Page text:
A day to remember

Emma Homan, Feature News Director

Transgender Day of Remembrance is an observance on November 20 each year to honor transgender people lost to transphobic violence. Each year, events like vigils, days of silence, and memorials take place to honor those taken before their time. These events are incredibly important to the LGBTQ+ community in order to grieve the losses of the community before large-scale anti-discrimination measures were put in place and to grieve those taken in recent years, even with national protections on their side.

The Transgender Day of Remembrance was started by Gwendolyn Ann Smith in 1999 to commemorate the loss of Rita Hester, a woman murdered due to her existence as a transgender person of color. Her case to this day has yet to have been solved. Rita is not the only person to be commemorated on this day, however. Transgender Day of Remembrance is a day for all transgender people to grieve their losses, and celebrate the progress they have made.

The Day of Remembrance also marks an important struggle for the transgender community. Trans people, especially transfeminine people of color, face incredibly high rates of violence, trauma, and death due to transphobia. From January 2013 to July 2020, over 200 transgender individuals had been murdered, according to NBC News. Five out of six of these people were women, and four out of five were black. This is a frightening statistic for LGBTQ+ people and their allies, making this another push towards the importance of the Transgender Day of Remembrance.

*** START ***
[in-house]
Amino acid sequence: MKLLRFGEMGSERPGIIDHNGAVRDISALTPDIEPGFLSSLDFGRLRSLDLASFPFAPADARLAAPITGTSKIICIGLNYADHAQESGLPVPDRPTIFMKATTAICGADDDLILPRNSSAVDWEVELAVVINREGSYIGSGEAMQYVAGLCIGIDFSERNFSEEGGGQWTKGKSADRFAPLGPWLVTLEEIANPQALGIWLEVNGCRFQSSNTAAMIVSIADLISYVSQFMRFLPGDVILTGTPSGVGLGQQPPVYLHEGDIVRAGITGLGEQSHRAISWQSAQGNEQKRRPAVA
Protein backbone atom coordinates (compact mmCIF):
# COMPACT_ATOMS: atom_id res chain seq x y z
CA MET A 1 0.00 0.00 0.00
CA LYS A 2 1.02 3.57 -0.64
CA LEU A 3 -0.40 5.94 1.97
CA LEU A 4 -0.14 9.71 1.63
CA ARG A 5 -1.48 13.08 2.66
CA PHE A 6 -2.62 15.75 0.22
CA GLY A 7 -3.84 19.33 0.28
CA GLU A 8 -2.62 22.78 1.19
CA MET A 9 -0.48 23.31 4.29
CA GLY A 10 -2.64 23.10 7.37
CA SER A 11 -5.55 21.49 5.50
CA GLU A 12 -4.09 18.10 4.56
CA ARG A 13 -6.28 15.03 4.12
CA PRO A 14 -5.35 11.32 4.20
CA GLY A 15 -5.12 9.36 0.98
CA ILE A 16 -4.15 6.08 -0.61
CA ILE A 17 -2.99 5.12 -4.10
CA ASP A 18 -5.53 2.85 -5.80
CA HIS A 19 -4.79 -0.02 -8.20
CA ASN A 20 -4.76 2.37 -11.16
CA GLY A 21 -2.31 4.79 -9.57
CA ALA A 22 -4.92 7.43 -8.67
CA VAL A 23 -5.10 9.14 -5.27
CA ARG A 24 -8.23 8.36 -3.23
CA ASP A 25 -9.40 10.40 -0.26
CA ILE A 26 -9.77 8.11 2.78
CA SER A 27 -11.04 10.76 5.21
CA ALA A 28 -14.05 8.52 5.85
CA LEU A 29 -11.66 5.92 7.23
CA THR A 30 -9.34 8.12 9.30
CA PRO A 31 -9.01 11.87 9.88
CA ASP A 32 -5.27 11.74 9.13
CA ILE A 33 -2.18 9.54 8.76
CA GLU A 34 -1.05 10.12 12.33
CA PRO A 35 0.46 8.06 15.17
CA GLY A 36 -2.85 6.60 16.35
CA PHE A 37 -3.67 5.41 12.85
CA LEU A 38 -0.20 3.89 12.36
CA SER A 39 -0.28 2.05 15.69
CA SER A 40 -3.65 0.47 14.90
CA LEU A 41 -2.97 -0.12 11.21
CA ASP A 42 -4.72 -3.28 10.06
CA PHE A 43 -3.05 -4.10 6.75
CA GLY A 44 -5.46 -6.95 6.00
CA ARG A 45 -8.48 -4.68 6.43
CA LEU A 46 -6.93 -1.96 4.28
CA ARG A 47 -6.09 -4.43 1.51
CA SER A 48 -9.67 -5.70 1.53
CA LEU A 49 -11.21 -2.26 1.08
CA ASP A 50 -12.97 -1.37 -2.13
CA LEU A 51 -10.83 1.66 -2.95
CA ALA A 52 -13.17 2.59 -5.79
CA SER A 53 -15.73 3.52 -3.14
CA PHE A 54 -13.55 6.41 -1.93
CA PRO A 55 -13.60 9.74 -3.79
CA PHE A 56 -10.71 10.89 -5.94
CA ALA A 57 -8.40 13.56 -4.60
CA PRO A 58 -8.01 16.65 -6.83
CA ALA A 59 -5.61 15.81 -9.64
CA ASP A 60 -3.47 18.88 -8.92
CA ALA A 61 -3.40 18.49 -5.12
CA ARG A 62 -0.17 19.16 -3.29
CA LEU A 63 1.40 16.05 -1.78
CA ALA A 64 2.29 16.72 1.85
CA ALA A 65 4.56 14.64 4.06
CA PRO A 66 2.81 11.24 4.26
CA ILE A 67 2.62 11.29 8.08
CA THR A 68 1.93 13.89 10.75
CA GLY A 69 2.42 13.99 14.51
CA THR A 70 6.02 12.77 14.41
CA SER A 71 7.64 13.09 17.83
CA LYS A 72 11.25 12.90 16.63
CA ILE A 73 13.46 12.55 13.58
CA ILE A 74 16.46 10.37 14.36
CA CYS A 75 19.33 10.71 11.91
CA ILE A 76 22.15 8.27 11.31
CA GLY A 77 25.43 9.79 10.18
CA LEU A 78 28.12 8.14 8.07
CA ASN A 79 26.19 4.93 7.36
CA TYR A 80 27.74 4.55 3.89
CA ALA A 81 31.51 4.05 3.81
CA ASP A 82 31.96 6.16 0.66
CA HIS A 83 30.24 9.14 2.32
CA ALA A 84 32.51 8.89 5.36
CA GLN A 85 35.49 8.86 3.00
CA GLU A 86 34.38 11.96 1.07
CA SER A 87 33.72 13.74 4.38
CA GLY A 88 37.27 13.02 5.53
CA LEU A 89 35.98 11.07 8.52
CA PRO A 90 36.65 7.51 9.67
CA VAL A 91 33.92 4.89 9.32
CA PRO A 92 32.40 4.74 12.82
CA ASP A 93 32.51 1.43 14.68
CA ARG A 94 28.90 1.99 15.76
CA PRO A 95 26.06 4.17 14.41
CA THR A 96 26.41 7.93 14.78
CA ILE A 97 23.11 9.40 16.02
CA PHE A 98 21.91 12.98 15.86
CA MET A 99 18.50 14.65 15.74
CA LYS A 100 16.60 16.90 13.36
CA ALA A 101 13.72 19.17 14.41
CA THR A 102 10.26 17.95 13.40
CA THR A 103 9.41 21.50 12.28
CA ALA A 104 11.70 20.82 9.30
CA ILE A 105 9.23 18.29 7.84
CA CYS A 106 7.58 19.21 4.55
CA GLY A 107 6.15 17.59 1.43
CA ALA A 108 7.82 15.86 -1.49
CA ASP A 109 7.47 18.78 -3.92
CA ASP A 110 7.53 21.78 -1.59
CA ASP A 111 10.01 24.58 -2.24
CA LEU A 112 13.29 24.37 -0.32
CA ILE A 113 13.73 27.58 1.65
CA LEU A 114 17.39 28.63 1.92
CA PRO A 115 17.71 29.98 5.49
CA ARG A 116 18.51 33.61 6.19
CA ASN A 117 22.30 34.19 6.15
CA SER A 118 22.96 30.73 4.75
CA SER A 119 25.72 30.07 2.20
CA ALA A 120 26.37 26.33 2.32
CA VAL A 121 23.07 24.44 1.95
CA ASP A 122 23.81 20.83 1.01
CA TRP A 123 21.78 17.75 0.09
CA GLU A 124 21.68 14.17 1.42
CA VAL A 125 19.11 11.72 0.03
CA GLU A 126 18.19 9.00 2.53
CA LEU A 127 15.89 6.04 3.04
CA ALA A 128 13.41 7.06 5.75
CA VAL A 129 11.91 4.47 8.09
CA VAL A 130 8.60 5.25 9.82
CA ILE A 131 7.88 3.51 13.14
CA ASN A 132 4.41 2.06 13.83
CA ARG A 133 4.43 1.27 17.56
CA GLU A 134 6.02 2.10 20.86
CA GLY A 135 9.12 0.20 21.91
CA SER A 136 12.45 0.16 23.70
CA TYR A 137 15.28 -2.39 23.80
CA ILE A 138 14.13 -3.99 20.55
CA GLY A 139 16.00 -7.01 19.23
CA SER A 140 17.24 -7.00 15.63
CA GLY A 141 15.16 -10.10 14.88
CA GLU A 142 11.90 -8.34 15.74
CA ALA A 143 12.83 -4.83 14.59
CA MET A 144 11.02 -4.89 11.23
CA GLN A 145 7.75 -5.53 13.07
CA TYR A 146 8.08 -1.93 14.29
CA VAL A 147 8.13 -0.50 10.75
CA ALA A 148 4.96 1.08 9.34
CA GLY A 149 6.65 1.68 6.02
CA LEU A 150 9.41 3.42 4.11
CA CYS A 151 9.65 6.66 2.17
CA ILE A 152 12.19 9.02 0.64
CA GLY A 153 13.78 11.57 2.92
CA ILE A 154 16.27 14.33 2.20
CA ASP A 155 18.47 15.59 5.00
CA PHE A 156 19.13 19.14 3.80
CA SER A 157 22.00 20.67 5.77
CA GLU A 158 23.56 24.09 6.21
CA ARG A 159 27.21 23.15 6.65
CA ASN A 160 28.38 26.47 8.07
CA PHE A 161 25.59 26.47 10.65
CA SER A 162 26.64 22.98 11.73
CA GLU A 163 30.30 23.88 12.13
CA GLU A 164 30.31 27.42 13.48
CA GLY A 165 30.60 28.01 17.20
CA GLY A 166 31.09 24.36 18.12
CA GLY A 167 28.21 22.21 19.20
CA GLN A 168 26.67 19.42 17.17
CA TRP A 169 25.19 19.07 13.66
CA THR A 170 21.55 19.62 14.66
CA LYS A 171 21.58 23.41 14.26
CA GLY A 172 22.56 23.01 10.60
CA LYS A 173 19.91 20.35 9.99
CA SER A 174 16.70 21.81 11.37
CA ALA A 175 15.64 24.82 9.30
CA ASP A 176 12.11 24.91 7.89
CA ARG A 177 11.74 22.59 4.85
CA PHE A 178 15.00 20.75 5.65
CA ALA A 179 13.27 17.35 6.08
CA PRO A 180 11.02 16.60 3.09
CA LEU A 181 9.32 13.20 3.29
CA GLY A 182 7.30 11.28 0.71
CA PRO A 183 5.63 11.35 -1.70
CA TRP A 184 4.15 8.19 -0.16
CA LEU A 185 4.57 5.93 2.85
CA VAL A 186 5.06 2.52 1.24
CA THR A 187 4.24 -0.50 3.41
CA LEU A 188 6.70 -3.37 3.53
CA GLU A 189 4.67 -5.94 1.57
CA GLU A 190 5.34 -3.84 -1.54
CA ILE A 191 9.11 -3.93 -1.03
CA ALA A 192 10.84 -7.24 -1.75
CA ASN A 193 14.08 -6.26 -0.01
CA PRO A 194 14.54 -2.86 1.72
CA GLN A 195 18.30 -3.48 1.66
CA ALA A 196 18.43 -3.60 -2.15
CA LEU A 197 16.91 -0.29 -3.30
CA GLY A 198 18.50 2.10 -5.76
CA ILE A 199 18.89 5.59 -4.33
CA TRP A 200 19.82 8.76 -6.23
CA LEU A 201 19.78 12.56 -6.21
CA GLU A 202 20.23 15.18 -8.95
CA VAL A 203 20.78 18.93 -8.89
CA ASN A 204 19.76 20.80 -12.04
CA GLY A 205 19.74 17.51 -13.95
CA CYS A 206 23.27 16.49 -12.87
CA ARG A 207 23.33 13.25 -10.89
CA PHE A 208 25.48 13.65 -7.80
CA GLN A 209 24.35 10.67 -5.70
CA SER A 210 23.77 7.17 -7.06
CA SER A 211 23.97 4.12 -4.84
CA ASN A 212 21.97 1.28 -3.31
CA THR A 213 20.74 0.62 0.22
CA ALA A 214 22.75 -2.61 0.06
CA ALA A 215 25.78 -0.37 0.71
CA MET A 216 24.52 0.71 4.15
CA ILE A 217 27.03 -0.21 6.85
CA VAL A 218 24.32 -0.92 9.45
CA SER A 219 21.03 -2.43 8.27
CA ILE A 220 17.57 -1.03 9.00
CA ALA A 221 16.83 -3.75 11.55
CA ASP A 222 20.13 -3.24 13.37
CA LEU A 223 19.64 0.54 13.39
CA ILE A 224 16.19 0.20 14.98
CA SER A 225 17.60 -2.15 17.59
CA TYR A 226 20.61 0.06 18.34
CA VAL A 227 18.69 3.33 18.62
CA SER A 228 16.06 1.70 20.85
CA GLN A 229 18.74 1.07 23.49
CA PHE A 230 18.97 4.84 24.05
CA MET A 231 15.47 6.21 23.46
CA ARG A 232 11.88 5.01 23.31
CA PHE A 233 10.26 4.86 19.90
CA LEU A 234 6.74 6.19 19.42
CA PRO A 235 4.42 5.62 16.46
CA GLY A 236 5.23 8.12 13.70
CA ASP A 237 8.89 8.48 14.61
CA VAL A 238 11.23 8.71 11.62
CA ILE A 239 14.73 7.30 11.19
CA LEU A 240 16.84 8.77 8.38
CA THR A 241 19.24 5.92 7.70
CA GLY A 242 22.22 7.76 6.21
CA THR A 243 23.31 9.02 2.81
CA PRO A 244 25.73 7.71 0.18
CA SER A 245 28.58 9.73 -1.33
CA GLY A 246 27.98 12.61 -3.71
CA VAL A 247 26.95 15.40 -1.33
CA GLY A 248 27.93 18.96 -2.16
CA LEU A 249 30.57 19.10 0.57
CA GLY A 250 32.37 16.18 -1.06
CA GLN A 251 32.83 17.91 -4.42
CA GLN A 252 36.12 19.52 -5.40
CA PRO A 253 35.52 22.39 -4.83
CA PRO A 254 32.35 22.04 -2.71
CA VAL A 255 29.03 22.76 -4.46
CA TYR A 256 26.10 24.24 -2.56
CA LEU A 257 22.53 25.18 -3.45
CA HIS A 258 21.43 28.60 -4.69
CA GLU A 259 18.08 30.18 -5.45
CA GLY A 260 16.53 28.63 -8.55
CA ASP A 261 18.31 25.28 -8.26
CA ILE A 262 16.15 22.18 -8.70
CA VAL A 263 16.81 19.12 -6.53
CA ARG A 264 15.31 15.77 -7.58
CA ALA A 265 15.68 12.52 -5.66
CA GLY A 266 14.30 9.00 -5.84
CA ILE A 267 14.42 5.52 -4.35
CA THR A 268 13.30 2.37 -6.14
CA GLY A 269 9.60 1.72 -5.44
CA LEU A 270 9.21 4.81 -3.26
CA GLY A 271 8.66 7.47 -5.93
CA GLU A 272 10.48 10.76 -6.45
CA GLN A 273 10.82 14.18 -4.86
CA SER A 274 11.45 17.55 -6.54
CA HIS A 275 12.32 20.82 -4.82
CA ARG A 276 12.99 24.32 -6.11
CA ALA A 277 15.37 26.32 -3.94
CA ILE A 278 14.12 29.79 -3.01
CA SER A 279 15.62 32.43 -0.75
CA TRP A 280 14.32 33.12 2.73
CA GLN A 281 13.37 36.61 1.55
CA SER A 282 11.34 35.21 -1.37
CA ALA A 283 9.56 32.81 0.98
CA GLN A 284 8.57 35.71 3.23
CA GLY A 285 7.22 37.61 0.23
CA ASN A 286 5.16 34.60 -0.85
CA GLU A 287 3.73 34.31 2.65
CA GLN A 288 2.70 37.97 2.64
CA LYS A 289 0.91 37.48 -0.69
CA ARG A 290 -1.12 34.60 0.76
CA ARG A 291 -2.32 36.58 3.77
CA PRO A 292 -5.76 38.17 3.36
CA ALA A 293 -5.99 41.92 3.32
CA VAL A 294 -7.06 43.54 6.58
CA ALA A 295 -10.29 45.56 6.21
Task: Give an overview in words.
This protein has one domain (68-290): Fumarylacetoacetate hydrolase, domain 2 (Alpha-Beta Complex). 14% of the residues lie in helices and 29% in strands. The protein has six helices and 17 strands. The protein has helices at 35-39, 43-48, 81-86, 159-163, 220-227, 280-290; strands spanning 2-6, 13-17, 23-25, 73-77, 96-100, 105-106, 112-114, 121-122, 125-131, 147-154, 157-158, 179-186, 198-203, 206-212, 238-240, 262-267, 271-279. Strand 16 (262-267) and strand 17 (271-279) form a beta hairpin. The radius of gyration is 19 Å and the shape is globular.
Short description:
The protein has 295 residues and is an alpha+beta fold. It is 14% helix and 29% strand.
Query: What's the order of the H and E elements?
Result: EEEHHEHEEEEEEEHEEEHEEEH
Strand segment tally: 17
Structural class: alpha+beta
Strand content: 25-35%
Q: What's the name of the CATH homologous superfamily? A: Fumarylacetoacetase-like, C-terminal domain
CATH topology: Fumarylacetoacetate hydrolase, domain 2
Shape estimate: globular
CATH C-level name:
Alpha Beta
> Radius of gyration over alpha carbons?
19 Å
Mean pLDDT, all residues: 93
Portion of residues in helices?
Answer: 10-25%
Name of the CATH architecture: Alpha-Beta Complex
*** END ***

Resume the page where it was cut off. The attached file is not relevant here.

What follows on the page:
“It means a lot to me because it recognizes the suffering we have to go through on a daily basis and that’s something that’s not brought up enough,” Bellefonte junior Maxwell McKenrick, who goes by he/him pronouns, said. 

Bellefonte is home to many LGBTQ+ people, including many transgender people. Transgender Day of Remembrance holds a special place for each and every one of them, as many have or will have experienced discrimination, violence, or loss due to their status as transgender people.

“The Transgender Day of Remembrance, for me as a nonbinary trans person, gives me a little bit of hope that someday people will refer to me with the correct pronouns without having to be reminded… Most importantly, I want to be remembered,”  junior Candy Miller said, who goes by they/them pronouns

Senior Jace Beauton, who goes by he/they pronouns, also chimed in on the importance of the day to them. 

“It is a day to recognize the history that came before us. A day to remember the struggle we went through and the rights we fought for and what we still fight for. It’s a day of pride for us. A way for us to show how strong we are,” he said.